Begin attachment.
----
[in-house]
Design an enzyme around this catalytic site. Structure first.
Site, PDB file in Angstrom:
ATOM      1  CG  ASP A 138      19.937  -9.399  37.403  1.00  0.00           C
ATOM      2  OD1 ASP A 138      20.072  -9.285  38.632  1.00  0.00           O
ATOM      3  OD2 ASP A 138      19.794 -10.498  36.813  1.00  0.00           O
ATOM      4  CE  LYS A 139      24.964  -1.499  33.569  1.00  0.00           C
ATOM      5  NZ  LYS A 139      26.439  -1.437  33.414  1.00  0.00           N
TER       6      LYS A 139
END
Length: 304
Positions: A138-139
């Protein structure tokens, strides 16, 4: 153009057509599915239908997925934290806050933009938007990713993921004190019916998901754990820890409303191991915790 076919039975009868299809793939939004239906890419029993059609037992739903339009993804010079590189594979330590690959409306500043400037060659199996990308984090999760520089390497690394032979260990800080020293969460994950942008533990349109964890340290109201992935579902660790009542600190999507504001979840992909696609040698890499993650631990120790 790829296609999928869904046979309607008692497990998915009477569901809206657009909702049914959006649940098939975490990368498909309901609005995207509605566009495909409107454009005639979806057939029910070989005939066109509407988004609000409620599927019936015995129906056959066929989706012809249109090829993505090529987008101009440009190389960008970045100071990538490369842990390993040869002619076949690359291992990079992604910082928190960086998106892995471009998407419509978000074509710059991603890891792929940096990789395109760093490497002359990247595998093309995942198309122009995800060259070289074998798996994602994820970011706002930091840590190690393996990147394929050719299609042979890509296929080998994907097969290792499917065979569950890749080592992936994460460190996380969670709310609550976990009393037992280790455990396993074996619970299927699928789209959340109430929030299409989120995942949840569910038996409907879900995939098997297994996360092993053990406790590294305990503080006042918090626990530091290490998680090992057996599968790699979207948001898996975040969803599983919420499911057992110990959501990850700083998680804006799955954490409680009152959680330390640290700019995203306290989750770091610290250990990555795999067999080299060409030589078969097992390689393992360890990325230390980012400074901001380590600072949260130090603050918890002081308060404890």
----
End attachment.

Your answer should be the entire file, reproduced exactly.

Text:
[in-house]
Design an enzyme around this catalytic site. Structure first.
Site, PDB file in Angstrom:
ATOM      1  CG  ASP A 138      19.937  -9.399  37.403  1.00  0.00           C
ATOM      2  OD1 ASP A 138      20.072  -9.285  38.632  1.00  0.00           O
ATOM      3  OD2 ASP A 138      19.794 -10.498  36.813  1.00  0.00           O
ATOM      4  CE  LYS A 139      24.964  -1.499  33.569  1.00  0.00           C
ATOM      5  NZ  LYS A 139      26.439  -1.437  33.414  1.00  0.00           N
TER       6      LYS A 139
END
Length: 304
Positions: A138-139
């Protein structure tokens, strides 16, 4: 153009057509599915239908997925934290806050933009938007990713993921004190019916998901754990820890409303191991915790 076919039975009868299809793939939004239906890419029993059609037992739903339009993804010079590189594979330590690959409306500043400037060659199996990308984090999760520089390497690394032979260990800080020293969460994950942008533990349109964890340290109201992935579902660790009542600190999507504001979840992909696609040698890499993650631990120790 790829296609999928869904046979309607008692497990998915009477569901809206657009909702049914959006649940098939975490990368498909309901609005995207509605566009495909409107454009005639979806057939029910070989005939066109509407988004609000409620599927019936015995129906056959066929989706012809249109090829993505090529987008101009440009190389960008970045100071990538490369842990390993040869002619076949690359291992990079992604910082928190960086998106892995471009998407419509978000074509710059991603890891792929940096990789395109760093490497002359990247595998093309995942198309122009995800060259070289074998798996994602994820970011706002930091840590190690393996990147394929050719299609042979890509296929080998994907097969290792499917065979569950890749080592992936994460460190996380969670709310609550976990009393037992280790455990396993074996619970299927699928789209959340109430929030299409989120995942949840569910038996409907879900995939098997297994996360092993053990406790590294305990503080006042918090626990530091290490998680090992057996599968790699979207948001898996975040969803599983919420499911057992110990959501990850700083998680804006799955954490409680009152959680330390640290700019995203306290989750770091610290250990990555795999067999080299060409030589078969097992390689393992360890990325230390980012400074901001380590600072949260130090603050918890002081308060404890």